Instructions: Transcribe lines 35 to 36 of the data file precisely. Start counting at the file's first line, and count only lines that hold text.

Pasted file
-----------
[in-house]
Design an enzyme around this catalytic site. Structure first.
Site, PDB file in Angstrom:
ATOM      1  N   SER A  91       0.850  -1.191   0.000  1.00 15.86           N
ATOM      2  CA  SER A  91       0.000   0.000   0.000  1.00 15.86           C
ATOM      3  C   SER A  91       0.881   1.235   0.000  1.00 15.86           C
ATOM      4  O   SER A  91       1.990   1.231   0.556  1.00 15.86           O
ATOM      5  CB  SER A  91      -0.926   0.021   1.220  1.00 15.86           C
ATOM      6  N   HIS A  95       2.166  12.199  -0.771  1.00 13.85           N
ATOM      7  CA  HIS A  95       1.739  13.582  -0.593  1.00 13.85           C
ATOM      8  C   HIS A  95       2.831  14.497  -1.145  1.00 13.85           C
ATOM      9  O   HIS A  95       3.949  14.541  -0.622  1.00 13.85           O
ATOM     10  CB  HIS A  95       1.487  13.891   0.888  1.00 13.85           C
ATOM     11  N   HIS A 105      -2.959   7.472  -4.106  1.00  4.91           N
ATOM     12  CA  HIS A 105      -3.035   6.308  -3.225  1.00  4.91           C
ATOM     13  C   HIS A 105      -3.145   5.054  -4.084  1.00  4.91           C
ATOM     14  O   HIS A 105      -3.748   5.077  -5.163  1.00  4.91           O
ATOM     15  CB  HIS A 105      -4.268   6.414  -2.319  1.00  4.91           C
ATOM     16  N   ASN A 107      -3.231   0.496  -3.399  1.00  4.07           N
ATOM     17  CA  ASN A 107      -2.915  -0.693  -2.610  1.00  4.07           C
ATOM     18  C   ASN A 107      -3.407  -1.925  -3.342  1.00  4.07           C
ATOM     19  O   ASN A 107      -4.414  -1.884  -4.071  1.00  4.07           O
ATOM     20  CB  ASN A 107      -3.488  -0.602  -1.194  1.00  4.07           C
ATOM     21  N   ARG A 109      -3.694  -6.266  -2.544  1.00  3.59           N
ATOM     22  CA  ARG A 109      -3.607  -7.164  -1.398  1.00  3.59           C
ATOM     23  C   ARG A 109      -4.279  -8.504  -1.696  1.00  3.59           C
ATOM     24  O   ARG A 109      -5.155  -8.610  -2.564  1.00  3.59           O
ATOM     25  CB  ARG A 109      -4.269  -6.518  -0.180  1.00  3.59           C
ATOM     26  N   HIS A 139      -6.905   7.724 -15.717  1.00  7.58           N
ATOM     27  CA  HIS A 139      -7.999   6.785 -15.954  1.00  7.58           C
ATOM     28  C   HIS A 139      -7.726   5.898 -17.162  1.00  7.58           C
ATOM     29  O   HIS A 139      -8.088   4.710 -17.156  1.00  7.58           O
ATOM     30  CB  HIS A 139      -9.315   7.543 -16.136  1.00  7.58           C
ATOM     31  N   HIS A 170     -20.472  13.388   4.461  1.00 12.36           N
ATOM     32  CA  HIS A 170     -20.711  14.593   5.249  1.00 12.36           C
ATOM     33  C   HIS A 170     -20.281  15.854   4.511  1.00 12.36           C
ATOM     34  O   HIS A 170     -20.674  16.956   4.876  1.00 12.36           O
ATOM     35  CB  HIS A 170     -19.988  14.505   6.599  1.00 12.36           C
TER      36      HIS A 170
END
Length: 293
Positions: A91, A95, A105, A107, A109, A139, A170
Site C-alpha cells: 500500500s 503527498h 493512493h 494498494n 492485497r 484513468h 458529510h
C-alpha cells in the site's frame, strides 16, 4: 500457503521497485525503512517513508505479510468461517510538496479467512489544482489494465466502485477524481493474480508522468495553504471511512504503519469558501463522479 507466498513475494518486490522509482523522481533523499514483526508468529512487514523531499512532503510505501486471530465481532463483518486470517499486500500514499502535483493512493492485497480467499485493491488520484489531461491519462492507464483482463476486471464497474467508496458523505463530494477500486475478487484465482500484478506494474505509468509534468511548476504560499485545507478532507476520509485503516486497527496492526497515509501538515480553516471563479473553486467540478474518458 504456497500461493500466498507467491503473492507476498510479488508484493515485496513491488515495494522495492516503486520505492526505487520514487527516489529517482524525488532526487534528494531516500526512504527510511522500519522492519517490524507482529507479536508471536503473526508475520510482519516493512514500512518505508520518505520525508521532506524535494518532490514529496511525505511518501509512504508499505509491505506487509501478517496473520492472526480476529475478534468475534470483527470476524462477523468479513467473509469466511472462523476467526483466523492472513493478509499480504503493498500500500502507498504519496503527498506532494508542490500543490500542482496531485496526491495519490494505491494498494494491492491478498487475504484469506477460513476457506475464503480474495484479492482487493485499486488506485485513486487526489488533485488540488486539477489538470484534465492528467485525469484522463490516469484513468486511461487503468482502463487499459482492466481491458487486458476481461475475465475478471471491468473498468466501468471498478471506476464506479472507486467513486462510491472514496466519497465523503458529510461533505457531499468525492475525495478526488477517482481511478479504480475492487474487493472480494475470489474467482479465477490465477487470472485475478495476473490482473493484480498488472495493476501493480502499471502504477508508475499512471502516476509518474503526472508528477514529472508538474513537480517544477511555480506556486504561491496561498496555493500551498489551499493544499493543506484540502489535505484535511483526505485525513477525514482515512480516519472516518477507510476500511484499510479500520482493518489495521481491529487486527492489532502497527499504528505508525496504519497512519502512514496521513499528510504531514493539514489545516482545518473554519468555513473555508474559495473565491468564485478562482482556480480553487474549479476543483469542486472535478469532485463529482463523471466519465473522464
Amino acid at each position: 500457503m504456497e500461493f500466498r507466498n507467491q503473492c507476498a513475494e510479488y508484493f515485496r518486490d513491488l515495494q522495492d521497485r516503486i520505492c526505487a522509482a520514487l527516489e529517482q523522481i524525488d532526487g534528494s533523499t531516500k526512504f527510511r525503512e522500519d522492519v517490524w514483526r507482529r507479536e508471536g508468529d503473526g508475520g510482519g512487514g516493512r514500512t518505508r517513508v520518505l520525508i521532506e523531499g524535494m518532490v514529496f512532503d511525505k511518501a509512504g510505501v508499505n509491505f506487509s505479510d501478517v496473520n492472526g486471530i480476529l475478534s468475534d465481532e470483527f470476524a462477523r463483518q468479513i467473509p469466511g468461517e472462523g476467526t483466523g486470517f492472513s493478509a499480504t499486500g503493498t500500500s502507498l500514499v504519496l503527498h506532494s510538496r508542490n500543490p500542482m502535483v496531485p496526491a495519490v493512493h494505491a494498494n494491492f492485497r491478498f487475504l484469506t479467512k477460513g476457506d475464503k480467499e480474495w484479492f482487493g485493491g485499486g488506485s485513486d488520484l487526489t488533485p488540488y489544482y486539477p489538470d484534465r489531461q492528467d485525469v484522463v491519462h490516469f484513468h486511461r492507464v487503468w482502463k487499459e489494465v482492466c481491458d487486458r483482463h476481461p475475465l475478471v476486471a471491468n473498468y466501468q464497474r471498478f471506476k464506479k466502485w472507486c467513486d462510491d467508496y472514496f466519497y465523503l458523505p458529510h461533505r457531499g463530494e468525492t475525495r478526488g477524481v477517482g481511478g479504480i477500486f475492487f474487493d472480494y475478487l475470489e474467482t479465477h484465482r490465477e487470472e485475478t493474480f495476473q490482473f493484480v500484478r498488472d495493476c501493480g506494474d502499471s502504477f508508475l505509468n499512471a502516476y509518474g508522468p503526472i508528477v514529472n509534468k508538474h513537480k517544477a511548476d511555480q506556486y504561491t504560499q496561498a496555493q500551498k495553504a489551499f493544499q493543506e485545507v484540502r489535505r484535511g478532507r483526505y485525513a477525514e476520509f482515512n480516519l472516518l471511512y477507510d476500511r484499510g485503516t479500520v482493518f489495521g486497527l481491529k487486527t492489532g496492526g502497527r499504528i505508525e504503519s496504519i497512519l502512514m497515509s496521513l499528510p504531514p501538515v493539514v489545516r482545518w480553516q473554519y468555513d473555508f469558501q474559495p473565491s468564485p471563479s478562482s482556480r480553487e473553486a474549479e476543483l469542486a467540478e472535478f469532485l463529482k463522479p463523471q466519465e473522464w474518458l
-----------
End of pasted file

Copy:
ATOM     32  CA  HIS A 170     -20.711  14.593   5.249  1.00 12.36           C
ATOM     33  C   HIS A 170     -20.281  15.854   4.511  1.00 12.36           C